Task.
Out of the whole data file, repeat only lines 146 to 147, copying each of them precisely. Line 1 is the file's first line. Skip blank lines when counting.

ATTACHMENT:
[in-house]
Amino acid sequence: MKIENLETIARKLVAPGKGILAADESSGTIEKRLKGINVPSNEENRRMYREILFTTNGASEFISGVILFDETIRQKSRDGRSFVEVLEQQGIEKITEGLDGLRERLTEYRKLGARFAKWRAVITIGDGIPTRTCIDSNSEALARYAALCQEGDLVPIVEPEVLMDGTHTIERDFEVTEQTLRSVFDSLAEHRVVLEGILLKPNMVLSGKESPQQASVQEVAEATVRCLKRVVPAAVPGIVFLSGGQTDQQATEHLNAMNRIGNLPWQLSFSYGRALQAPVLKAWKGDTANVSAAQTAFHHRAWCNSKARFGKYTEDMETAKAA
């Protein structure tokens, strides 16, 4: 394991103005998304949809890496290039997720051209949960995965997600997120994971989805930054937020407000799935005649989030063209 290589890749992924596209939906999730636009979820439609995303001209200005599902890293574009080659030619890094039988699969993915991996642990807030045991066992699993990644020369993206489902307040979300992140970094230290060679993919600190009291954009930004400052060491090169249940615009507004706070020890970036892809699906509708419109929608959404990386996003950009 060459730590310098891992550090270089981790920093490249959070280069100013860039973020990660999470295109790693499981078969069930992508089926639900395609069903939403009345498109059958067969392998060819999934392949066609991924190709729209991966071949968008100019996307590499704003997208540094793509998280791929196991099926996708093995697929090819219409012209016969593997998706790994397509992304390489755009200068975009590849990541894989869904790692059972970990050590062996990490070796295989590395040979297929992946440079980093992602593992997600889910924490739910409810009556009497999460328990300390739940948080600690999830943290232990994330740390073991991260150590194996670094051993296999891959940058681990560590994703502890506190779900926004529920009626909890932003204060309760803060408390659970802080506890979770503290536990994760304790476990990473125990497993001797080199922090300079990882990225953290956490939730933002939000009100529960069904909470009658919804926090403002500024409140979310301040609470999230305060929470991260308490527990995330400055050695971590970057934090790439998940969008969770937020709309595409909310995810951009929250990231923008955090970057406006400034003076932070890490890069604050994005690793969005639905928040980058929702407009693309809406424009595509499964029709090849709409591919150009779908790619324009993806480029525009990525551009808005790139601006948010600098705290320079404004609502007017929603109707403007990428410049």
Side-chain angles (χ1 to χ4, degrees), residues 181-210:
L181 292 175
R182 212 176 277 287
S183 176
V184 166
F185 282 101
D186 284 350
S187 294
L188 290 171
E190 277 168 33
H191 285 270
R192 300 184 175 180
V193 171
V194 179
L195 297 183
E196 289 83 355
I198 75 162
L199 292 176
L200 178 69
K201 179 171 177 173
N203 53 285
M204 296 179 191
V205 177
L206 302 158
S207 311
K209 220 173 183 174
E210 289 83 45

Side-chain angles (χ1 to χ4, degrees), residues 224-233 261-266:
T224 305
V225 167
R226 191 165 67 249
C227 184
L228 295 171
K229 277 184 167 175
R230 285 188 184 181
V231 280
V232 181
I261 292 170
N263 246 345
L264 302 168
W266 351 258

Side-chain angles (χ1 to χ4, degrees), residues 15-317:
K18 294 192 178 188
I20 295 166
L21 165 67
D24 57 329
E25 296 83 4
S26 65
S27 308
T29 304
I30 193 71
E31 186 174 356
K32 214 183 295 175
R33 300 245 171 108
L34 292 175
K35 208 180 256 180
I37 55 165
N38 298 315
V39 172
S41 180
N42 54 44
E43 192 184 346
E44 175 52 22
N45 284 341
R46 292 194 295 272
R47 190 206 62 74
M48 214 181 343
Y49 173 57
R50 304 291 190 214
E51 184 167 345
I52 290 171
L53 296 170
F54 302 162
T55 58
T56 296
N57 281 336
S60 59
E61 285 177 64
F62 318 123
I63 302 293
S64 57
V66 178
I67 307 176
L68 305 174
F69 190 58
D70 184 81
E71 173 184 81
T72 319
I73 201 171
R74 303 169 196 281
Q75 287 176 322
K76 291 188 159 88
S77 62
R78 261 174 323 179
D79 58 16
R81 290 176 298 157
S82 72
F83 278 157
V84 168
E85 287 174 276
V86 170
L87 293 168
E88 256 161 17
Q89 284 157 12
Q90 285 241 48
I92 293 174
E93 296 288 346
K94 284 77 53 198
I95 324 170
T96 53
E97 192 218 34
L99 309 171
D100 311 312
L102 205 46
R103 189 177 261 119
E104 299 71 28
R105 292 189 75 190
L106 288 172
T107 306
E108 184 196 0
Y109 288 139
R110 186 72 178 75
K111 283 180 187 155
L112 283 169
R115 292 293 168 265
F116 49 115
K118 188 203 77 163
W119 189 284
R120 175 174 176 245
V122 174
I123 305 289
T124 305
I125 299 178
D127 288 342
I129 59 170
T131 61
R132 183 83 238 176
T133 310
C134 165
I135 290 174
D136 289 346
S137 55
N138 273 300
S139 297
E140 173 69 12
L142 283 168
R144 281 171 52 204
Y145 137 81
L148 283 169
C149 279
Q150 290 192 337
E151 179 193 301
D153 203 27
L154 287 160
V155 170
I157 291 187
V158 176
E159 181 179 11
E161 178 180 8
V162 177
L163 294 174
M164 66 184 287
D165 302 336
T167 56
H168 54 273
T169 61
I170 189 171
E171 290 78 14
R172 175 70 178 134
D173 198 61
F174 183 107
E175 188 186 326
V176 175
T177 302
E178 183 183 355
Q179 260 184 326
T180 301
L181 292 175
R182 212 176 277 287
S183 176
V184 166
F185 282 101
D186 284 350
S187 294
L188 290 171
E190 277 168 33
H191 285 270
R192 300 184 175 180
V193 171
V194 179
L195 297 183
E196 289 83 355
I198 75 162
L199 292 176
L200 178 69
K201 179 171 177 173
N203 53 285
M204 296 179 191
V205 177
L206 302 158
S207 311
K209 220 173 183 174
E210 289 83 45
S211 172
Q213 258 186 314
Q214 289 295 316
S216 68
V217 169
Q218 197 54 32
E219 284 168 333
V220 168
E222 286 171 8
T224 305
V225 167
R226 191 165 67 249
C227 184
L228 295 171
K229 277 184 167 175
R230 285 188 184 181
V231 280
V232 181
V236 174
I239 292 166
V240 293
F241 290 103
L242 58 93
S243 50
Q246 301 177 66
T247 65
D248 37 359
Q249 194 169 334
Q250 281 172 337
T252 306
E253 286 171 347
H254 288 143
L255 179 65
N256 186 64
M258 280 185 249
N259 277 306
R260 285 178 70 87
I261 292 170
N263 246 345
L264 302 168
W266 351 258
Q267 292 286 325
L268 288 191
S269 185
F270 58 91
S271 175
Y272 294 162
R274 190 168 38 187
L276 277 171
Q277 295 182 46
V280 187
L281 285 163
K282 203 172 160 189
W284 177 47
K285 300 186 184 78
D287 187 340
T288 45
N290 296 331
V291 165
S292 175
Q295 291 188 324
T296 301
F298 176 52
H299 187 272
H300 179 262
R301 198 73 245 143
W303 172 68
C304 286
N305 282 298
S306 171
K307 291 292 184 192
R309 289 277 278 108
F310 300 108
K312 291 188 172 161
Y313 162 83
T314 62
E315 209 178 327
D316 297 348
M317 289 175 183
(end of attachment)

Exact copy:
N138 273 300
S139 297